New research documents how brains respond to food images at night.
After gobbling the fourth Oreo in a row while bathed in refrigerator light, have you ever thought, “That wasn’t enough,” and then proceeded to search for something more?
Researchers at BYU have shed new light on why you, your friends, neighbors and most everyone you know tend to snack at night: some areas of the brain don’t get the same “food high” in the evening.
In a newly published study, exercise sciences professors and a neuroscientist at BYU used MRI to measure how people’s brains respond to high- and low-calorie food images at different times of the day. The results showed that images of food, especially high-calorie food, can generate spikes in brain activity, but those neural responses are lower in the evening.
“You might over-consume at night because food is not as rewarding, at least visually at that time of day,” said lead author Travis Masterson. “It may not be as satisfying to eat at night so you eat more to try to get satisfied.”
The study, which appears in academic journal Brain Imaging and Behavior, also reports that participants were subjectively more preoccupied with food at night even though their hunger and “fullness” levels were similar to other times of the day.
Masterson, who carried out the research for his master’s thesis under faculty advisor James LeCheminant, said the intent was to better understand if time of day influences neural responses to pictures of food.
The researchers teamed up with BYU neuroscientist Brock Kirwan to use functional MRI to monitor the brain activity of study subjects while they viewed images of food. The participants viewed 360 images during two separate sessions held one week apart–one during morning hours and one during evening hours.
Subjects looked at images of both low-calorie foods (vegetables, fruits, fish, grains) and high-calorie foods (candy, baked goods, ice cream, fast food). As expected, the researchers found greater neural responses to images of high-calorie foods. However, they were surprised to see lower reward-related brain reactivity to the food images in the evening.
“We thought the responses would be greater at night because we tend to over-consume later in the day,” said study coauthor Lance Davidson, a professor of exercise sciences. “But just to know that the brain responds differently at different times of day could have implications for eating.”
Nevertheless, researchers noted that the study is preliminary and additional work is needed to verify and better understand the findings. The next research steps would be to determine the extent that these neural responses translate into eating behavior and the implications for weight management.
Masterson, who is heading to Penn State University to work on his PhD in the fall, said the study has helped him pay better attention to how food makes him feel both in the morning and the evening. And as for his late-night eating habits?
“I tell myself, this isn’t probably as satisfying as it should be,” he said. “It helps me avoid snacking too much at night.”
Source: Todd Hollingshead – Brigham Young University
Image Credit: The image is credited to Jaren Wilkey/BYU
Original Research: Abstract for “Neural reactivity to visual food stimuli is reduced in some areas of the brain during evening hours compared to morning hours: an fMRI study in women” by Travis D. Masterson, C. Brock Kirwan, Lance E. Davidson, and James D. LeCheminant in Brain Imaging and Behavior. Published online March 10 2015 doi:10.1007/s11682-015-9366-8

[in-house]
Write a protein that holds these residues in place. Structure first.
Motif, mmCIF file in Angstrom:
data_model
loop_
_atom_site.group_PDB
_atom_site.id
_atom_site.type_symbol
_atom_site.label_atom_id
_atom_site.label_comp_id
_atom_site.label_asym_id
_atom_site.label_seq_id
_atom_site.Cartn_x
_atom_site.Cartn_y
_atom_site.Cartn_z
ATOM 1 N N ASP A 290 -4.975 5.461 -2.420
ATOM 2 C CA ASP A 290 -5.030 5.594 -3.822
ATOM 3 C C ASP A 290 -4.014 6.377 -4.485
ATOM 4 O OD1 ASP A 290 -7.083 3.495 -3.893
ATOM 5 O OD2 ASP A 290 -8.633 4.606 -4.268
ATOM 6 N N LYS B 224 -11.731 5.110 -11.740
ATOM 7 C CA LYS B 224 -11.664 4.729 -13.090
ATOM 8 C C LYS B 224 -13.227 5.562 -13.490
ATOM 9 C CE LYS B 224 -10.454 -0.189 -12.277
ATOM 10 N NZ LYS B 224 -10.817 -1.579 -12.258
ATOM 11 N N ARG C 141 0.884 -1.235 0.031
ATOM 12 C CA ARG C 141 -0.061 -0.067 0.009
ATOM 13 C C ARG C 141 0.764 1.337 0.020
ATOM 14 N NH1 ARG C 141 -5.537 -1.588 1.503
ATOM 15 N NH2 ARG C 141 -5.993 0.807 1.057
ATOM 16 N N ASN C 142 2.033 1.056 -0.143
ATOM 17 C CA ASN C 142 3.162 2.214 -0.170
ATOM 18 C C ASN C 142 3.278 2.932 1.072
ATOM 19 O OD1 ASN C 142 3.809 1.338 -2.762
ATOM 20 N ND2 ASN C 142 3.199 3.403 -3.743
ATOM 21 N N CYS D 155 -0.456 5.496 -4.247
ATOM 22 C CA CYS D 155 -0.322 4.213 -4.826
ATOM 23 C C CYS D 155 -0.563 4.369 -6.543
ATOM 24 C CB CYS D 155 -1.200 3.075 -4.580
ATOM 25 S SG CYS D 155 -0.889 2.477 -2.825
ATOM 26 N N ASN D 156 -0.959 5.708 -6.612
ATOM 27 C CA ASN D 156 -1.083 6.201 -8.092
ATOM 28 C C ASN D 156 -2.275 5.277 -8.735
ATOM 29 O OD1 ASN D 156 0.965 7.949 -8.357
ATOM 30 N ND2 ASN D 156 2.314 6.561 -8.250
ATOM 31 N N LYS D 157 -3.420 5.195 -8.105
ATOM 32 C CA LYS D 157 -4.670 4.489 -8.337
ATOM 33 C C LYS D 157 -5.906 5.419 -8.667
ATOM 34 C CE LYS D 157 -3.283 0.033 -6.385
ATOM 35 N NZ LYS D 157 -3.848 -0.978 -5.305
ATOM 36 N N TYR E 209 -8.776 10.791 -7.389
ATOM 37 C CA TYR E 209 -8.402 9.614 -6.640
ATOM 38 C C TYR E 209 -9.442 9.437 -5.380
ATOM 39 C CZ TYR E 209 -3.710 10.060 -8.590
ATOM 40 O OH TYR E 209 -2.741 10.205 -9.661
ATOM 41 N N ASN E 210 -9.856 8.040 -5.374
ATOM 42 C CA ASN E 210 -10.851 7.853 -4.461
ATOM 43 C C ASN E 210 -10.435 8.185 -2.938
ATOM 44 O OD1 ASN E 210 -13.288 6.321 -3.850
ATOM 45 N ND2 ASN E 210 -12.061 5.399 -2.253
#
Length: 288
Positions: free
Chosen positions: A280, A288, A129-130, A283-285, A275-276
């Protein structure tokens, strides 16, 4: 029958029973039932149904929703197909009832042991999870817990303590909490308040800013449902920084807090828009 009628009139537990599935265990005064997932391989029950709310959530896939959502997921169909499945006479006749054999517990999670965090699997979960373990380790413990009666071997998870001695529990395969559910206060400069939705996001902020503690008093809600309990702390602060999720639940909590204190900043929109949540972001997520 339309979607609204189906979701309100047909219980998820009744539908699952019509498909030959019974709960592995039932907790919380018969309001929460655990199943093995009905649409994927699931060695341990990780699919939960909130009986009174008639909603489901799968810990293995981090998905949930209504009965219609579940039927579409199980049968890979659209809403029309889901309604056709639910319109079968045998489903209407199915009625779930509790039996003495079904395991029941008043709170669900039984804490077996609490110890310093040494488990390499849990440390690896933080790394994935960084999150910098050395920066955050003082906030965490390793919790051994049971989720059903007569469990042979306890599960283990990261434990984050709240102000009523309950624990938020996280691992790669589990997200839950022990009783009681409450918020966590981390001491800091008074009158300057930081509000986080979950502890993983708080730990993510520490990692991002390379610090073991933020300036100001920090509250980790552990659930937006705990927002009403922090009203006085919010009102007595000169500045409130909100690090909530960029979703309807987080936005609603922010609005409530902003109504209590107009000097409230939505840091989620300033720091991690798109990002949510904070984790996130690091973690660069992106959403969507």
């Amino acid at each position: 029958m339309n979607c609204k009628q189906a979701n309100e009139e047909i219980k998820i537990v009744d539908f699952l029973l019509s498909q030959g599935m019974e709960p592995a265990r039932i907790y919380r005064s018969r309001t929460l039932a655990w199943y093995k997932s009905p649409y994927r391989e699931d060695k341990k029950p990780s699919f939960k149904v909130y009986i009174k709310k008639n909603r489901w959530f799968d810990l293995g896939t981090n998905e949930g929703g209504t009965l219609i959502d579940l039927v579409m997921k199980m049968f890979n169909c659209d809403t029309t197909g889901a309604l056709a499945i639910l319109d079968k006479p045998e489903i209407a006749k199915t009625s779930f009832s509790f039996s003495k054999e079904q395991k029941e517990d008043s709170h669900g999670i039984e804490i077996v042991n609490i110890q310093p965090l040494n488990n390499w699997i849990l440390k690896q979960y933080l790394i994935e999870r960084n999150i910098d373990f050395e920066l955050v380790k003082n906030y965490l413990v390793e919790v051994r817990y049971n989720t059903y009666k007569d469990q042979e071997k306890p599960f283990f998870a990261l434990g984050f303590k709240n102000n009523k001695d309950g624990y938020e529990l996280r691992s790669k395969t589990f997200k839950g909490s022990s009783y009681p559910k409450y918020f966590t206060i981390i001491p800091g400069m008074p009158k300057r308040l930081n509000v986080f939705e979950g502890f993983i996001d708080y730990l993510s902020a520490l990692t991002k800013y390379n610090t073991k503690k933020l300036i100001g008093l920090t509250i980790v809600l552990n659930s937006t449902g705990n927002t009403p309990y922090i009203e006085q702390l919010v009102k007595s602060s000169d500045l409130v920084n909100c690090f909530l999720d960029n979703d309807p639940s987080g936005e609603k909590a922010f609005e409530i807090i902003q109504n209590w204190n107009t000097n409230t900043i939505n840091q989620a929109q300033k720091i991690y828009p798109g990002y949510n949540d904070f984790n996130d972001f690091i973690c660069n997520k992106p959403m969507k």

Neural reactivity to visual food stimuli is reduced in some areas of the brain during evening hours compared to morning hours: an fMRI study in women
The extent that neural responsiveness to visual food stimuli is influenced by time of day is not well examined. Using a crossover design, 15 healthy women were scanned using fMRI while presented with low- and high-energy pictures of food, once in the morning (6:30–8:30 am) and once in the evening (5:00–7:00 pm). Diets were identical on both days of the fMRI scans and were verified using weighed food records. Visual analog scales were used to record subjective perception of hunger and preoccupation with food prior to each fMRI scan. Six areas of the brain showed lower activation in the evening to both high- and low-energy foods, including structures in reward pathways (P < 0.05). Nine brain regions showed significantly higher activation for high-energy foods compared to low-energy foods (P < 0.05). High-energy food stimuli tended to produce greater fMRI responses than low-energy food stimuli in specific areas of the brain, regardless of time of day. However, evening scans showed a lower response to both low- and high-energy food pictures in some areas of the brain. Subjectively, participants reported no difference in hunger by time of day (F = 1.84, P = 0.19), but reported they could eat more (F = 4.83, P = 0.04) and were more preoccupied with thoughts of food (F = 5.51, P = 0.03) in the evening compared to the morning. These data underscore the role that time of day may have on neural responses to food stimuli. These results may also have clinical implications for fMRI measurement in order to prevent a time of day bias. "Neural reactivity to visual food stimuli is reduced in some areas of the brain during evening hours compared to morning hours: an fMRI study in women" by Travis D. Masterson, C. Brock Kirwan, Lance E. Davidson, and James D. LeCheminant in Brain Imaging and Behavior. Published online March 10 2015 doi:10.1007/s11682-015-9366-8